A bill granting deportation protection to illegal immigrants in California who have been victims of violent crime is currently awaiting signature from Gov. Jerry Brown.
SB 674, or, the Immigrant Victims of Crime Equity Act, passed the state Assembly by a unanimous vote of 66-0 on Thursday.
The legislation, authored by Senate President Pro Tem Kevin de Leon (D-Los Angeles) and sponsored by Assembly Speaker Toni Atkins (D-San Diego), reduces the threat of deportation for illegal immigrant victims of violent crime by requiring state and local law enforcement agencies to provide immigrants who have cooperated with investigations of those crimes the necessary certifications to apply for special visas.
Those special visas are called Victim of Criminal Activity visas, or U-Visas, which allow immigrant victims of violent crime to remain in the country.
“Every time a criminal goes free because the victim fears deportation and the police, we are all a little less safe,” de Leon said in a statement, according to the Times of San Diego. “Fear and mistrust are obstacles to the administration of justice.”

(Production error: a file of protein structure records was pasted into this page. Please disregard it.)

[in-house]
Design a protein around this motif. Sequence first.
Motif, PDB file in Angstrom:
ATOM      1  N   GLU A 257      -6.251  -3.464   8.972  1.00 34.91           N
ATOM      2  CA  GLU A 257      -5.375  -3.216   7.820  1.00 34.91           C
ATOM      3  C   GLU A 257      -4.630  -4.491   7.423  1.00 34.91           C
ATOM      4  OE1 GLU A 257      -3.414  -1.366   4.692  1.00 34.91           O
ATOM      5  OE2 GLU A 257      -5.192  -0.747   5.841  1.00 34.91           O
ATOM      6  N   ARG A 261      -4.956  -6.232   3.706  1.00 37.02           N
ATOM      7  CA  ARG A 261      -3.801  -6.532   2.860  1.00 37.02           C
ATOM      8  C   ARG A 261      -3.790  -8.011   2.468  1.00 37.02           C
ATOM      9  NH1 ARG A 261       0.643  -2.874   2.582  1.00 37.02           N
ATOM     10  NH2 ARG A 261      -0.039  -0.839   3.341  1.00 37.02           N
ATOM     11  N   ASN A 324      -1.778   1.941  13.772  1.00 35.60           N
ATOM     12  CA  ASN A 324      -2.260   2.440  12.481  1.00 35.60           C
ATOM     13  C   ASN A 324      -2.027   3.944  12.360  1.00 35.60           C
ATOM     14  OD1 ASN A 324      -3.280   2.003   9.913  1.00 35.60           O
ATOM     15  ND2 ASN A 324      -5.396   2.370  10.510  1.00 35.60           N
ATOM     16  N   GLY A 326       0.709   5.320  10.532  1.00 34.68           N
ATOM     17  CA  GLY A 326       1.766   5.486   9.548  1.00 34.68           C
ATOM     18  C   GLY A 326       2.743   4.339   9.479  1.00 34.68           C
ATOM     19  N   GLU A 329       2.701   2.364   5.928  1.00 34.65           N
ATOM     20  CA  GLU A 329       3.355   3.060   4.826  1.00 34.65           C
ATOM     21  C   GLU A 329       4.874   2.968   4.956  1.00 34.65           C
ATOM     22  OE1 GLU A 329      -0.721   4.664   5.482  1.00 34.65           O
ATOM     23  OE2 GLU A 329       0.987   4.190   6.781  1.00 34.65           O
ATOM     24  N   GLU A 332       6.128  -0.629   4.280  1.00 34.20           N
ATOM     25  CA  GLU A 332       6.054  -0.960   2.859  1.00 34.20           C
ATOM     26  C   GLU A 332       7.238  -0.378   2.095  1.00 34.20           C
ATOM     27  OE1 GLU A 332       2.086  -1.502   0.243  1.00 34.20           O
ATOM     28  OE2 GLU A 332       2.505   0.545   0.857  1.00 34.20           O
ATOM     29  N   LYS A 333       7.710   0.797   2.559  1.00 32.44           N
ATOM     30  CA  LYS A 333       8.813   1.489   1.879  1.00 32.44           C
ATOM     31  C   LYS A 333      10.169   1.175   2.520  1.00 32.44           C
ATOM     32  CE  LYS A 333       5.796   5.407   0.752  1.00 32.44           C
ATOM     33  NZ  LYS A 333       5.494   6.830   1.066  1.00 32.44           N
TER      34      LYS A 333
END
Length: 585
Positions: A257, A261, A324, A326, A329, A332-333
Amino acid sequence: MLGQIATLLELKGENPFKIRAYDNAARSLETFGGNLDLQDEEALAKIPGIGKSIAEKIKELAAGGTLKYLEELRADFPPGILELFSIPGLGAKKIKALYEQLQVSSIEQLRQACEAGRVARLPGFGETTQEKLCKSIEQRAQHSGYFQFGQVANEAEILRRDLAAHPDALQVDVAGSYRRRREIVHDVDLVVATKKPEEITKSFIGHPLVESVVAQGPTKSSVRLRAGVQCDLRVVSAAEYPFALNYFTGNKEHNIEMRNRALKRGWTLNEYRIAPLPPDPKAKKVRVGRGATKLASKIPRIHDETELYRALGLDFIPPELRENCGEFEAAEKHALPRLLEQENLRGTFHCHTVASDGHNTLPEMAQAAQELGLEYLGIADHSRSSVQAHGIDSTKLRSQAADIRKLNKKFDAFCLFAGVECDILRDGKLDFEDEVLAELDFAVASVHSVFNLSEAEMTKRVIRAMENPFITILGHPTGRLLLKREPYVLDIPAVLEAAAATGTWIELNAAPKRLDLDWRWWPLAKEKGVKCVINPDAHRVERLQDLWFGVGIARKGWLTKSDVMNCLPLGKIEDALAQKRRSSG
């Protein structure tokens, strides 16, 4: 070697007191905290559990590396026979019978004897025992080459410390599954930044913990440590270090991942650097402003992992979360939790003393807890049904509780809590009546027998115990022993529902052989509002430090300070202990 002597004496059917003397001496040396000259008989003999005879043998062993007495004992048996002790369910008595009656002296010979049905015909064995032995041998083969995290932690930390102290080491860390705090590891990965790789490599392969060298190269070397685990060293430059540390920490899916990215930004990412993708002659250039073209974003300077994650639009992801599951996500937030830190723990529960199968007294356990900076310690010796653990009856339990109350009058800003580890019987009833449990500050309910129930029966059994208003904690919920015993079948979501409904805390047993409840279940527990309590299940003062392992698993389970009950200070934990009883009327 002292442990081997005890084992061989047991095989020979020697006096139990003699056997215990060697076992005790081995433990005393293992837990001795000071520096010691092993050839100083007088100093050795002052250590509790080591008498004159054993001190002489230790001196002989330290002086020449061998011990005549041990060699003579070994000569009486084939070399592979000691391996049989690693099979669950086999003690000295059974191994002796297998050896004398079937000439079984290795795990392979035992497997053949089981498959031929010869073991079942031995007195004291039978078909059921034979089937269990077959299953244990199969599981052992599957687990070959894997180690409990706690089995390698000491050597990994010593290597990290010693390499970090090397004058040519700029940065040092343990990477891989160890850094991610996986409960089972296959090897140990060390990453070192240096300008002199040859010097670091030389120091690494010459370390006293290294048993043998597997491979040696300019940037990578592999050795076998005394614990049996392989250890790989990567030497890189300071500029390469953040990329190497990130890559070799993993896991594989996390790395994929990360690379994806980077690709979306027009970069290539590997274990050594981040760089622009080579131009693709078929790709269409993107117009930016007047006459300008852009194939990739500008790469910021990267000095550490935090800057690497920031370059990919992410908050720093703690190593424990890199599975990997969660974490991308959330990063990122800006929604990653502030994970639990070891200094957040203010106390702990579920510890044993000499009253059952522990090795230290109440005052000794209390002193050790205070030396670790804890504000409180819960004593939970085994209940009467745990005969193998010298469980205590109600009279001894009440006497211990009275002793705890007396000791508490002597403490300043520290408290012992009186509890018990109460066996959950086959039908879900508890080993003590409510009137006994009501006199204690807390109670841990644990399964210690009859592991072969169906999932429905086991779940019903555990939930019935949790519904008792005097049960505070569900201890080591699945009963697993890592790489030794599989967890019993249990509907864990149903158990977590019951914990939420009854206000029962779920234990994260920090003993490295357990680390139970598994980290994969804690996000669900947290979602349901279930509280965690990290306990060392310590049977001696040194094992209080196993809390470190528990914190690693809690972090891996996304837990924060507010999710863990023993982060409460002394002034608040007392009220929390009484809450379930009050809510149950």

The bill will add extra deportation protection for California’s roughly 2.5 million illegal immigrants. SB 674 is just one bill in a package of ten bills called “Immigrants Shape California” that de Leon, Atkins and other state Democrats first proposed in April.
“It should not matter where you became the victim of domestic violence to qualify for a U-Visa,” Atkins said in a statement. “This bill makes it clear that all entities that can certify that a victim was helpful must do so if the victim has suffered due to one of the qualifying crimes and was helpful or is expected to be helpful to the prosecution during the investigation.”
With the Assembly’s unanimous passage, the legislation next heads to Jerry Brown’s desk for his signature.